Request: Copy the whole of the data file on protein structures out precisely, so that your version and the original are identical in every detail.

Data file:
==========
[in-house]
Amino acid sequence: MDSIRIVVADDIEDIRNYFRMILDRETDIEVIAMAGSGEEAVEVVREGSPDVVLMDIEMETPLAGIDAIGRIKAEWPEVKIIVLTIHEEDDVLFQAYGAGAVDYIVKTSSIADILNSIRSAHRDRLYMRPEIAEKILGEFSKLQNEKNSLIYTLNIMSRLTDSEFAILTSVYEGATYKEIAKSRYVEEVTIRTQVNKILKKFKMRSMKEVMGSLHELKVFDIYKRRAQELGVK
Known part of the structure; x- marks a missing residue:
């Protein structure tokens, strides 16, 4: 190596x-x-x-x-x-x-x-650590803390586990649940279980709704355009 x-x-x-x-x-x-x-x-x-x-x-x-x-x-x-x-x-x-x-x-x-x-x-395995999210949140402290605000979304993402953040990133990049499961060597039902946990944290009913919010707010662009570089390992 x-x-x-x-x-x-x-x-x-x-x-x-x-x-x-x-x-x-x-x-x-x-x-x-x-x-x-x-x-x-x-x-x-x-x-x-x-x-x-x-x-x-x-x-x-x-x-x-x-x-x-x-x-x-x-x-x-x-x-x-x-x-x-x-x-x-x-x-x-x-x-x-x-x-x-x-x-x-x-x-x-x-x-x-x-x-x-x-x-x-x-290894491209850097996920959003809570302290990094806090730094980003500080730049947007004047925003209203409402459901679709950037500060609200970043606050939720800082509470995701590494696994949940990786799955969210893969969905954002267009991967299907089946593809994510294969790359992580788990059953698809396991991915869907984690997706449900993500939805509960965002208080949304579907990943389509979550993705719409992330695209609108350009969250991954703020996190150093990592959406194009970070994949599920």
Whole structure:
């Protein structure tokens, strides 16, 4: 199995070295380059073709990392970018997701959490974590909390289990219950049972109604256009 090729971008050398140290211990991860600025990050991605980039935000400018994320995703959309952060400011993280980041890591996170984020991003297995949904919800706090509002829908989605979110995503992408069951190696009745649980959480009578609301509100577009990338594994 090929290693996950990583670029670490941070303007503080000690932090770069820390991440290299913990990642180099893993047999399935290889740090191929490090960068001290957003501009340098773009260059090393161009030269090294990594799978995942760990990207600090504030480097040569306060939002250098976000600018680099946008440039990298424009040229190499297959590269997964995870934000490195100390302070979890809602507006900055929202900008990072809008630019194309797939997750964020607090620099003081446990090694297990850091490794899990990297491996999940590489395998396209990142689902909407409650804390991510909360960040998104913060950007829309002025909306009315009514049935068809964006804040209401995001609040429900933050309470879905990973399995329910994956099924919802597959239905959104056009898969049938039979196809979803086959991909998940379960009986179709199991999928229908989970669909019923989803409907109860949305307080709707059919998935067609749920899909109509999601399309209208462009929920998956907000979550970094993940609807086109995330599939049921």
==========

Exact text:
[in-house]
Amino acid sequence: MDSIRIVVADDIEDIRNYFRMILDRETDIEVIAMAGSGEEAVEVVREGSPDVVLMDIEMETPLAGIDAIGRIKAEWPEVKIIVLTIHEEDDVLFQAYGAGAVDYIVKTSSIADILNSIRSAHRDRLYMRPEIAEKILGEFSKLQNEKNSLIYTLNIMSRLTDSEFAILTSVYEGATYKEIAKSRYVEEVTIRTQVNKILKKFKMRSMKEVMGSLHELKVFDIYKRRAQELGVK
Known part of the structure; x- marks a missing residue:
């Protein structure tokens, strides 16, 4: 190596x-x-x-x-x-x-x-650590803390586990649940279980709704355009 x-x-x-x-x-x-x-x-x-x-x-x-x-x-x-x-x-x-x-x-x-x-x-395995999210949140402290605000979304993402953040990133990049499961060597039902946990944290009913919010707010662009570089390992 x-x-x-x-x-x-x-x-x-x-x-x-x-x-x-x-x-x-x-x-x-x-x-x-x-x-x-x-x-x-x-x-x-x-x-x-x-x-x-x-x-x-x-x-x-x-x-x-x-x-x-x-x-x-x-x-x-x-x-x-x-x-x-x-x-x-x-x-x-x-x-x-x-x-x-x-x-x-x-x-x-x-x-x-x-x-x-x-x-x-x-290894491209850097996920959003809570302290990094806090730094980003500080730049947007004047925003209203409402459901679709950037500060609200970043606050939720800082509470995701590494696994949940990786799955969210893969969905954002267009991967299907089946593809994510294969790359992580788990059953698809396991991915869907984690997706449900993500939805509960965002208080949304579907990943389509979550993705719409992330695209609108350009969250991954703020996190150093990592959406194009970070994949599920």
Whole structure:
């Protein structure tokens, strides 16, 4: 199995070295380059073709990392970018997701959490974590909390289990219950049972109604256009 090729971008050398140290211990991860600025990050991605980039935000400018994320995703959309952060400011993280980041890591996170984020991003297995949904919800706090509002829908989605979110995503992408069951190696009745649980959480009578609301509100577009990338594994 090929290693996950990583670029670490941070303007503080000690932090770069820390991440290299913990990642180099893993047999399935290889740090191929490090960068001290957003501009340098773009260059090393161009030269090294990594799978995942760990990207600090504030480097040569306060939002250098976000600018680099946008440039990298424009040229190499297959590269997964995870934000490195100390302070979890809602507006900055929202900008990072809008630019194309797939997750964020607090620099003081446990090694297990850091490794899990990297491996999940590489395998396209990142689902909407409650804390991510909360960040998104913060950007829309002025909306009315009514049935068809964006804040209401995001609040429900933050309470879905990973399995329910994956099924919802597959239905959104056009898969049938039979196809979803086959991909998940379960009986179709199991999928229908989970669909019923989803409907109860949305307080709707059919998935067609749920899909109509999601399309209208462009929920998956907000979550970094993940609807086109995330599939049921």